It's odd how different human beings are. How even two people who can be considered relatively similar may be confronted with the same situation and respond completely differently.
I remember a discussion I had with a friend of mine about our placements at the start of fourth year. She was on neurology at the time, and had seen a patient newly diagnosed with a progressive condition. I couldn't understand why on earth she was so upset by it. She'd gone home, she told me, and cried. Her poor patient was "only 50" and seemed "unaware that there was no treatment". I didn't understand why that was so sad. Sure, progressive neurological conditions are horrible, but her patient was 50. Thousands of people are diagnosed in their 20s - including a relative of mine, who died in her 40s. That night, I phoned my Mum. I was worried, really worried. I'd always thought I was a caring person, but perhaps I was wrong. My friend was obviously extremely moved by something that didn't really bother me. Since then, I've seen probably a few hundred patients, each one with their own (often tragic) story to tell. At most, I've felt a little sad for them.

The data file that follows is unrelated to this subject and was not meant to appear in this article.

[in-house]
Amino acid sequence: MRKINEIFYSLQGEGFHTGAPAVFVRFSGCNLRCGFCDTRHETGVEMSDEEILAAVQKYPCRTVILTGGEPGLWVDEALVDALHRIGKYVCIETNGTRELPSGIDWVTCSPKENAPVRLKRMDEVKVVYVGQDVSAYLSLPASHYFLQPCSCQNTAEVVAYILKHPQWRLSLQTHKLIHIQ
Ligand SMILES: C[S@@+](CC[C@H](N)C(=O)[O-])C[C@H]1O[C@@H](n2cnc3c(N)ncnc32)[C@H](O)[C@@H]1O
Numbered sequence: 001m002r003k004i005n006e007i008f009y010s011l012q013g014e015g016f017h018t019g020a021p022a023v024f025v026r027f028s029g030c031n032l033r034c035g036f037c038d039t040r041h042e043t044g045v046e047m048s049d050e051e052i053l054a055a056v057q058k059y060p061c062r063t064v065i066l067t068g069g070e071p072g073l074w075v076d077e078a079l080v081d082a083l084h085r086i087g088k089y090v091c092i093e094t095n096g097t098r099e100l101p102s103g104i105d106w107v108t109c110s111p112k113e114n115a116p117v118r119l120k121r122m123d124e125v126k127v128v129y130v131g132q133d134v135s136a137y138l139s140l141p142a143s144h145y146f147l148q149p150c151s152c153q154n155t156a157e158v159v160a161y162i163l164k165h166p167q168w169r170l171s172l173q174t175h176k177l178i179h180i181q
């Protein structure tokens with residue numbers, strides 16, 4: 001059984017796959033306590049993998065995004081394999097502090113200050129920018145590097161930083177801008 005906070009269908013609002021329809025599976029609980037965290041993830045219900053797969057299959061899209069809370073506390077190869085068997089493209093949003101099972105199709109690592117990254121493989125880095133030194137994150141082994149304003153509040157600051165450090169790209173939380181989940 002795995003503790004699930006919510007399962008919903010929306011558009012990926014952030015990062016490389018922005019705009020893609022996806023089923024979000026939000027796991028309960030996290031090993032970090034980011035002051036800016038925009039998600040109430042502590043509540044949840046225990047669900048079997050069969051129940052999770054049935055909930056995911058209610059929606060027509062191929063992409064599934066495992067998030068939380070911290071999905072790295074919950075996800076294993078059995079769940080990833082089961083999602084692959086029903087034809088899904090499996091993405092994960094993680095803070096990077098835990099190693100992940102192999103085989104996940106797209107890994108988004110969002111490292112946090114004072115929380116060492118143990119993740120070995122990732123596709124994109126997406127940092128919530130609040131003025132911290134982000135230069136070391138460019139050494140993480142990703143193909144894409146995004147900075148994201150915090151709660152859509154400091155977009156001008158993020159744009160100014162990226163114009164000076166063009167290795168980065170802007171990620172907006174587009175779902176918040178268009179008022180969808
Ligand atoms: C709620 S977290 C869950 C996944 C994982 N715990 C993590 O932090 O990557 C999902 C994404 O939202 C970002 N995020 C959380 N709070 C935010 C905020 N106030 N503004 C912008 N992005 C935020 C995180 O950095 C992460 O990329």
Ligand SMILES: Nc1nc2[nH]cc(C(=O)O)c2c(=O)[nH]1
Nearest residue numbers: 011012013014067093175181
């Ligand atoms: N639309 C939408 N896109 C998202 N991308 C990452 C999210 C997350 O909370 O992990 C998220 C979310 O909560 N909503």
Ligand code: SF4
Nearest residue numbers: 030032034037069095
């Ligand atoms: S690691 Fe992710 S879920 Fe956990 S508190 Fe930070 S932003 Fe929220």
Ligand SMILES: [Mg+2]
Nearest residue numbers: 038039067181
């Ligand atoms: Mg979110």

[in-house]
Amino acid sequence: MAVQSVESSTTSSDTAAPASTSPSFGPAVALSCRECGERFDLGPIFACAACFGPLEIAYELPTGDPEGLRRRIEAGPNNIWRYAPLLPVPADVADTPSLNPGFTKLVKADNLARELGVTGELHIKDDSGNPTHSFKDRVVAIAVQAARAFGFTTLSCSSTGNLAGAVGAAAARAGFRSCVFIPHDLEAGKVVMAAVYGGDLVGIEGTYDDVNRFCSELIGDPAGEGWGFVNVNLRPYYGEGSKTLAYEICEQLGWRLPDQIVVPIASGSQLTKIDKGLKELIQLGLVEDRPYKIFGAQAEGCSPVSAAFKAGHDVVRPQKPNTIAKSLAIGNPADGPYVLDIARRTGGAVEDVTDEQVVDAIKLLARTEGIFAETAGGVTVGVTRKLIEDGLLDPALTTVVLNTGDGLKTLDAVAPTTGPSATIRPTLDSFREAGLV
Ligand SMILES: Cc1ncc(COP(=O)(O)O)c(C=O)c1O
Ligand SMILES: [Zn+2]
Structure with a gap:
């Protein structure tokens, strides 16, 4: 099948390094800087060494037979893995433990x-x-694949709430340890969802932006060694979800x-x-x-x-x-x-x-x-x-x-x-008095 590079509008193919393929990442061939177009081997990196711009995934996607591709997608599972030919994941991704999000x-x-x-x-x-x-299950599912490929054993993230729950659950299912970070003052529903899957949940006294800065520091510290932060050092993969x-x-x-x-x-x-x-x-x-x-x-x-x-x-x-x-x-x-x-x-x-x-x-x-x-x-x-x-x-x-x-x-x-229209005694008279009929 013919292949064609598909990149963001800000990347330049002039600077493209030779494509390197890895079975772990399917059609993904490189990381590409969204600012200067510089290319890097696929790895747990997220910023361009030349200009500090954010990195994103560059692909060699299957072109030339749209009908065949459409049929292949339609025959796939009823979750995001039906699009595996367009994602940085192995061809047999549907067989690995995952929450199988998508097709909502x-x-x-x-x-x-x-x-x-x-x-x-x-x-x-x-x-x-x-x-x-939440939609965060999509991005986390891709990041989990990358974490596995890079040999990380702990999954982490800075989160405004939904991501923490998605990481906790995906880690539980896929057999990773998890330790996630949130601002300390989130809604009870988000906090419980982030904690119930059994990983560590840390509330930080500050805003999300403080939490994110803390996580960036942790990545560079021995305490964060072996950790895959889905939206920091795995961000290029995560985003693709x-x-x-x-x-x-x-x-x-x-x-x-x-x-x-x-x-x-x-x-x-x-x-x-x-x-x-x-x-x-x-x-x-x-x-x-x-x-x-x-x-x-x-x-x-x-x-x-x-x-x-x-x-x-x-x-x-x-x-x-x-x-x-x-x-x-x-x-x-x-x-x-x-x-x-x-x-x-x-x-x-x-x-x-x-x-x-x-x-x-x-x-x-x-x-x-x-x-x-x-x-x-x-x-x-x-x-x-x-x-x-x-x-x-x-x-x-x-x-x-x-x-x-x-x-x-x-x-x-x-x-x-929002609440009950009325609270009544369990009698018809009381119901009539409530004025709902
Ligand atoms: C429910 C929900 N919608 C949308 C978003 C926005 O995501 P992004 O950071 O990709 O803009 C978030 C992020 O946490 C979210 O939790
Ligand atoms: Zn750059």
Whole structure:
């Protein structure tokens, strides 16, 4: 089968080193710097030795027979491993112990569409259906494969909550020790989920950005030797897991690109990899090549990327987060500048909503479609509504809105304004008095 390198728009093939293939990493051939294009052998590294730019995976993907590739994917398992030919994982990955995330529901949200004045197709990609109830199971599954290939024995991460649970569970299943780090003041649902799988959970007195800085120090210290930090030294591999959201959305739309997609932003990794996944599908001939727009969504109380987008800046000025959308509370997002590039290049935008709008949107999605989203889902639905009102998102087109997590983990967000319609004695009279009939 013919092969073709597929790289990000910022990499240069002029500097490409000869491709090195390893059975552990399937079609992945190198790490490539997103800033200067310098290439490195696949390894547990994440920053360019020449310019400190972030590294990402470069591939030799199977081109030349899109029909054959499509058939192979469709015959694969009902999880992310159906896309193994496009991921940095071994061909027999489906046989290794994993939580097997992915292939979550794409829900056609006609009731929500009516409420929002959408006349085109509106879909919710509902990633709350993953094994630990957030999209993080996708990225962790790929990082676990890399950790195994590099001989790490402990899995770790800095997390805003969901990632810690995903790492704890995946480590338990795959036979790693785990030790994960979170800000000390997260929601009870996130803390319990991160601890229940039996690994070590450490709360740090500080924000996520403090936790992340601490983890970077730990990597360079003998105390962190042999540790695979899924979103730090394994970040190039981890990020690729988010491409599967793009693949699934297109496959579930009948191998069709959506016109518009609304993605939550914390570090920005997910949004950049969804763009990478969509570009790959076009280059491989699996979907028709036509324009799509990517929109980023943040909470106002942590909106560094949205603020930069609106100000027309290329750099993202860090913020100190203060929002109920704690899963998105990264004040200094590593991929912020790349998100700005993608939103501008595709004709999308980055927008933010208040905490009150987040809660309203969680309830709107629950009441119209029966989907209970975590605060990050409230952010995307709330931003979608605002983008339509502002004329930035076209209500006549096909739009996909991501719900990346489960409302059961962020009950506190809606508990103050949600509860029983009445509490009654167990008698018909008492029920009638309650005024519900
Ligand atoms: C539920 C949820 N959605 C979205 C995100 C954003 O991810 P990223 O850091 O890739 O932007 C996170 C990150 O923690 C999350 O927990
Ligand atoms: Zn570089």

Last night, for the first time, I was genuinely upset by a patient I'd seen. I was moved to the point of tears, felt nauseated, couldn't focus. I can't explain why it was last night that this really hit me. The patient was a child* I'd seen on my elective who was diagnosed with an advanced malignant condition. He was 3. He'd only been ill for 2 weeks. Something about this child really got to me, and I've found myself thinking of him numerous times over the past few months. Perhaps it was his family set up (older sibling and then twins) being the same as mine. Maybe it was that despite having worked with many children who have cancer, I've never actually seen the process of diagnosing it. Possibly it was that he was just so cute and cheeky. Who knows. Whatever the reason, he affected me in a way I haven't been affected before.
We are all different and we all have different reactions to scenarios we are confronted with. Our own experiences and personalities shape how we respond, but sometimes we can't see any logical reason for the emotions stirred up inside us. As a future doctor, I am well aware that I will shed many more tears for patients. Patients and their friends and families will in turn make me happy, sad, angry, amused and a whole range of other emotions. In my opinion, the important thing is that I care for them all appropriately, regardless of how I feel about them.
When I started medical school, I wanted to know everything. I wanted to be the sort of doctor who could answer any question, who could "solve" any mysterious case, who knewthe solutions to the rarest of problems. I still think that would be great (if unrealistic). But for now? I just want my patients to feel that I care.
*I would hope that by not mentioning where I was and keeping the medical details vague that confidentiality is not broken here but if anyone senior thinks I'm being unwise, please do say something.